While reflecting on his experience coaching Terry, Slocum said Terry had amazing training and character, something he attributes to his previous coaches but also his family.

After years of experience playing football professionally and then multiple jobs coaching, Terry was coaching at Texas Tech under Tommy Tuberville. Sumlin offered a position for Terry to join him at A&M. Feeling nervous and unsure about accepting the offer, Terry called Slocum for advice. Slocum encouraged him to return to A&M.

“The real meaning in coaching is seeing those guys … seeing them develop, grow and especially, to get to watch — like Terry — seeing him develop as a coach and become a great coach and see how he handled himself and dealt with the players,” Slocum said.

Willena Kimpson Price, Terry’s mother, thanked attendees and spoke on behalf of her husband, Otis Price, who recently passed away due to dementia.

“If Otis were here today in the flesh — we know he’s today in the spirit — he wouldn’t miss this celebration of his beloved son’s life,” Willena said.” … He would proudly say we gave our children the best — the very best of everything — that we had to give. In turn, we were mightly blessed and highly favored that they are both good people, God-fearing people, high-achieving people of statute and excellence. Now, we usher Terry into the heavenly realm to rest and abide in eternity with his earthly father, Otis Price, and with his heavenly father — the Lord of lords, the King of kings.”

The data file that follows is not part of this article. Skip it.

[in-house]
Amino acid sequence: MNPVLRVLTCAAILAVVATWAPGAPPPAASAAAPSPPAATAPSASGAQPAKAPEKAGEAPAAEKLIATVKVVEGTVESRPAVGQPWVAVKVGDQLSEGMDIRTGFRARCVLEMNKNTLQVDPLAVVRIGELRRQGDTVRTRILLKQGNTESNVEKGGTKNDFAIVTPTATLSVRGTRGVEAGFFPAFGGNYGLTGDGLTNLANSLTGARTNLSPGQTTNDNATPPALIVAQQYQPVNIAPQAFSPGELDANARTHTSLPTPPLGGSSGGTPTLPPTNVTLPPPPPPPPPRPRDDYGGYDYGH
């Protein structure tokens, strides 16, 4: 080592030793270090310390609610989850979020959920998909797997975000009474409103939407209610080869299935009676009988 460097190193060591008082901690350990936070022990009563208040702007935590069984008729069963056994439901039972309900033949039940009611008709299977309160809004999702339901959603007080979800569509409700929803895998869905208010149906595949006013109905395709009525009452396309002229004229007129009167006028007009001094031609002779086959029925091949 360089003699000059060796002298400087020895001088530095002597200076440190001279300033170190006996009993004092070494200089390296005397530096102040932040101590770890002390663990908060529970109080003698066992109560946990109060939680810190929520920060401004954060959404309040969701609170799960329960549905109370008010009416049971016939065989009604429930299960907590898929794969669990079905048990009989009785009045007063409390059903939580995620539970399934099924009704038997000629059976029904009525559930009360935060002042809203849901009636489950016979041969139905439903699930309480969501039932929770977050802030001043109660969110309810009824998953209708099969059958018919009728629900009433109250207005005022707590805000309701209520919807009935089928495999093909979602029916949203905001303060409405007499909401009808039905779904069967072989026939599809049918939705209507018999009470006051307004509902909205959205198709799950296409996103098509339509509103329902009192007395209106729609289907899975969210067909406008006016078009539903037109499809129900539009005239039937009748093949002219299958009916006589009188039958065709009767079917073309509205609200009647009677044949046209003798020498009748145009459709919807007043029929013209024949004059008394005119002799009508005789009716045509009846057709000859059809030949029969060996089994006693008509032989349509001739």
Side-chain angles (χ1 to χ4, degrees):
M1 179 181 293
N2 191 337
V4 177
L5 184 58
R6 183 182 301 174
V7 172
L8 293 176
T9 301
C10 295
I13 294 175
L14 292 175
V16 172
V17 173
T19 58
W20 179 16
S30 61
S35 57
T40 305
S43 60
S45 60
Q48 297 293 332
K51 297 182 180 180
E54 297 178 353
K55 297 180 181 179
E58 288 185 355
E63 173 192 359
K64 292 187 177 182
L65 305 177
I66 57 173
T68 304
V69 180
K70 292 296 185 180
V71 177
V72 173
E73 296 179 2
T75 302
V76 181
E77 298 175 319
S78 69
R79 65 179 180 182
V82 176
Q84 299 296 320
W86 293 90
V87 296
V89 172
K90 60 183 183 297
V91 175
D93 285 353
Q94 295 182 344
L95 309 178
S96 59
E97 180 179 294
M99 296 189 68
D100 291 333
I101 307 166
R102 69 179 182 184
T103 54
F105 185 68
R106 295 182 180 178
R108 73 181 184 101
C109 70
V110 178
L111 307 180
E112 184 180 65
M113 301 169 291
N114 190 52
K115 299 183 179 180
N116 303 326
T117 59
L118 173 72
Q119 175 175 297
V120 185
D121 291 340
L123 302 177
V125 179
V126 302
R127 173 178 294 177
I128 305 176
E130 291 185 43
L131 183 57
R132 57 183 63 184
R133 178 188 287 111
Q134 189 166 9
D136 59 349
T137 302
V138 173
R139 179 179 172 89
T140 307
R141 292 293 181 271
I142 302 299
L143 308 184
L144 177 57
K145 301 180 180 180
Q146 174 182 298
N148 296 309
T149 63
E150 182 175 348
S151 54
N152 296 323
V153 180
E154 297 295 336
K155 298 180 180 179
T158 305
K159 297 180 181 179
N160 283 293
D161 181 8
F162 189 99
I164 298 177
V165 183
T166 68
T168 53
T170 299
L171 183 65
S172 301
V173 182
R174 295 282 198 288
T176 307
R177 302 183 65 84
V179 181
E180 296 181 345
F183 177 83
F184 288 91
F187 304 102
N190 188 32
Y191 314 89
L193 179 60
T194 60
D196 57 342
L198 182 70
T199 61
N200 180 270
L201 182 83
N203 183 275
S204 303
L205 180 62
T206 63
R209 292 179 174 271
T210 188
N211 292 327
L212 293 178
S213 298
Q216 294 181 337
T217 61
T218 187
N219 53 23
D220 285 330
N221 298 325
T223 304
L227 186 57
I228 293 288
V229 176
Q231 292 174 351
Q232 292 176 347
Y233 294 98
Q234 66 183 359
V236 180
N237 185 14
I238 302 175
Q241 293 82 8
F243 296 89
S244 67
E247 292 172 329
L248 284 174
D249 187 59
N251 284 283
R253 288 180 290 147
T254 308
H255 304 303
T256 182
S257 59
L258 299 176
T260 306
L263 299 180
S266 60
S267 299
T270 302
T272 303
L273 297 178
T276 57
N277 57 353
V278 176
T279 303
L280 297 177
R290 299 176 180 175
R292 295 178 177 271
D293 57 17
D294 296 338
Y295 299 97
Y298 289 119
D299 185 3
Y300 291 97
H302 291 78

After the service, Terry’s funeral procession was led through A&M’s campus, passing by Blue Bell Park, Reed Arena and Kyle Field. Following Terry’s last ride, Terry will be laid to rest at Oxford Memorial Cemetery on July 12 at 11 a.m. in Oxford, Mississippi.

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About the Contributor
Ana Renfroe
Ana Renfroe, Head News Editor
Ana Renfroe, Class of 2025, is a journalism junior with a minor in professional writing from Bryan, Texas. Ana has served as The Battalion's head news editor from May 2023 to May 2024. Previously, she was the assistant news editor for the spring 2023 semester. Ana has covered breaking news, politics, and more. She typically covered the Texas A&M System and university administration, Texas and Bryan-College Station politics, student government and more. Ana previously hosted and produced episodes of The Batt Signal, The Battalion's news podcast. Additionally, she was a copyeditor and feature writer for Maroon Life magazine, and helped contribute to the Aggieland Yearbook.